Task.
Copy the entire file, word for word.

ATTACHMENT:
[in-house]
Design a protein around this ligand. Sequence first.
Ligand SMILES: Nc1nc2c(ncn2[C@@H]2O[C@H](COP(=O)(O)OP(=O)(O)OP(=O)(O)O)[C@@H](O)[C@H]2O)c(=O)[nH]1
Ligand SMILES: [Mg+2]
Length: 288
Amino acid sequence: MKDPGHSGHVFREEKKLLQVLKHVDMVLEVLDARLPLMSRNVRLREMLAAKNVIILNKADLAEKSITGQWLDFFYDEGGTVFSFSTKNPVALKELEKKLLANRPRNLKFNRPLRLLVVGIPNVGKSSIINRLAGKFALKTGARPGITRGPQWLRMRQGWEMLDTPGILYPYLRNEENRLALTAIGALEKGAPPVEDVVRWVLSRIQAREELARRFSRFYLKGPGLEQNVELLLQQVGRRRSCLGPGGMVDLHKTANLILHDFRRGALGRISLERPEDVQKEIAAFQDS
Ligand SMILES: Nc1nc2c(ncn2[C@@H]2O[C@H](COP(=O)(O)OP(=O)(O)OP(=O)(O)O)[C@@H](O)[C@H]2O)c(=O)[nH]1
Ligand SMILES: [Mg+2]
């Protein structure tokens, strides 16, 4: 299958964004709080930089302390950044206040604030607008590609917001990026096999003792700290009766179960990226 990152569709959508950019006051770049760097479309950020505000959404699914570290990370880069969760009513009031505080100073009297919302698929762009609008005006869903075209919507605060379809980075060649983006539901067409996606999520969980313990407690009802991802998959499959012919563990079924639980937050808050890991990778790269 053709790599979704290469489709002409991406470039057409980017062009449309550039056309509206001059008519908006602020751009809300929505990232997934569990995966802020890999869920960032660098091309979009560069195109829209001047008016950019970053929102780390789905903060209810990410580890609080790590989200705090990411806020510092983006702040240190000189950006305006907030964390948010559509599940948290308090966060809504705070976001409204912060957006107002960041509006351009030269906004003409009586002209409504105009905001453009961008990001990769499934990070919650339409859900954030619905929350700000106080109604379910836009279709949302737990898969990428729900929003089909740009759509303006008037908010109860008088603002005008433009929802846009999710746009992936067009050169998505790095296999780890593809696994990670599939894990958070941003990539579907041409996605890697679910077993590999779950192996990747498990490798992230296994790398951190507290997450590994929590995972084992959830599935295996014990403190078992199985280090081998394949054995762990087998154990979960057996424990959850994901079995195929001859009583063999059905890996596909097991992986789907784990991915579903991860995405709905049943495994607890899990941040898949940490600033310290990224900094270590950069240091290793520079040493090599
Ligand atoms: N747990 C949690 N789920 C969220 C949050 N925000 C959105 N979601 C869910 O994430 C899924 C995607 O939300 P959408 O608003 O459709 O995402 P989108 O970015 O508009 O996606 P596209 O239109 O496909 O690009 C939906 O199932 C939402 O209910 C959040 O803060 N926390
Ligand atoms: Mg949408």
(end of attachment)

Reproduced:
[in-house]
Design a protein around this ligand. Sequence first.
Ligand SMILES: Nc1nc2c(ncn2[C@@H]2O[C@H](COP(=O)(O)OP(=O)(O)OP(=O)(O)O)[C@@H](O)[C@H]2O)c(=O)[nH]1
Ligand SMILES: [Mg+2]
Length: 288
Amino acid sequence: MKDPGHSGHVFREEKKLLQVLKHVDMVLEVLDARLPLMSRNVRLREMLAAKNVIILNKADLAEKSITGQWLDFFYDEGGTVFSFSTKNPVALKELEKKLLANRPRNLKFNRPLRLLVVGIPNVGKSSIINRLAGKFALKTGARPGITRGPQWLRMRQGWEMLDTPGILYPYLRNEENRLALTAIGALEKGAPPVEDVVRWVLSRIQAREELARRFSRFYLKGPGLEQNVELLLQQVGRRRSCLGPGGMVDLHKTANLILHDFRRGALGRISLERPEDVQKEIAAFQDS
Ligand SMILES: Nc1nc2c(ncn2[C@@H]2O[C@H](COP(=O)(O)OP(=O)(O)OP(=O)(O)O)[C@@H](O)[C@H]2O)c(=O)[nH]1
Ligand SMILES: [Mg+2]
């Protein structure tokens, strides 16, 4: 299958964004709080930089302390950044206040604030607008590609917001990026096999003792700290009766179960990226 990152569709959508950019006051770049760097479309950020505000959404699914570290990370880069969760009513009031505080100073009297919302698929762009609008005006869903075209919507605060379809980075060649983006539901067409996606999520969980313990407690009802991802998959499959012919563990079924639980937050808050890991990778790269 053709790599979704290469489709002409991406470039057409980017062009449309550039056309509206001059008519908006602020751009809300929505990232997934569990995966802020890999869920960032660098091309979009560069195109829209001047008016950019970053929102780390789905903060209810990410580890609080790590989200705090990411806020510092983006702040240190000189950006305006907030964390948010559509599940948290308090966060809504705070976001409204912060957006107002960041509006351009030269906004003409009586002209409504105009905001453009961008990001990769499934990070919650339409859900954030619905929350700000106080109604379910836009279709949302737990898969990428729900929003089909740009759509303006008037908010109860008088603002005008433009929802846009999710746009992936067009050169998505790095296999780890593809696994990670599939894990958070941003990539579907041409996605890697679910077993590999779950192996990747498990490798992230296994790398951190507290997450590994929590995972084992959830599935295996014990403190078992199985280090081998394949054995762990087998154990979960057996424990959850994901079995195929001859009583063999059905890996596909097991992986789907784990991915579903991860995405709905049943495994607890899990941040898949940490600033310290990224900094270590950069240091290793520079040493090599
Ligand atoms: N747990 C949690 N789920 C969220 C949050 N925000 C959105 N979601 C869910 O994430 C899924 C995607 O939300 P959408 O608003 O459709 O995402 P989108 O970015 O508009 O996606 P596209 O239109 O496909 O690009 C939906 O199932 C939402 O209910 C959040 O803060 N926390
Ligand atoms: Mg949408």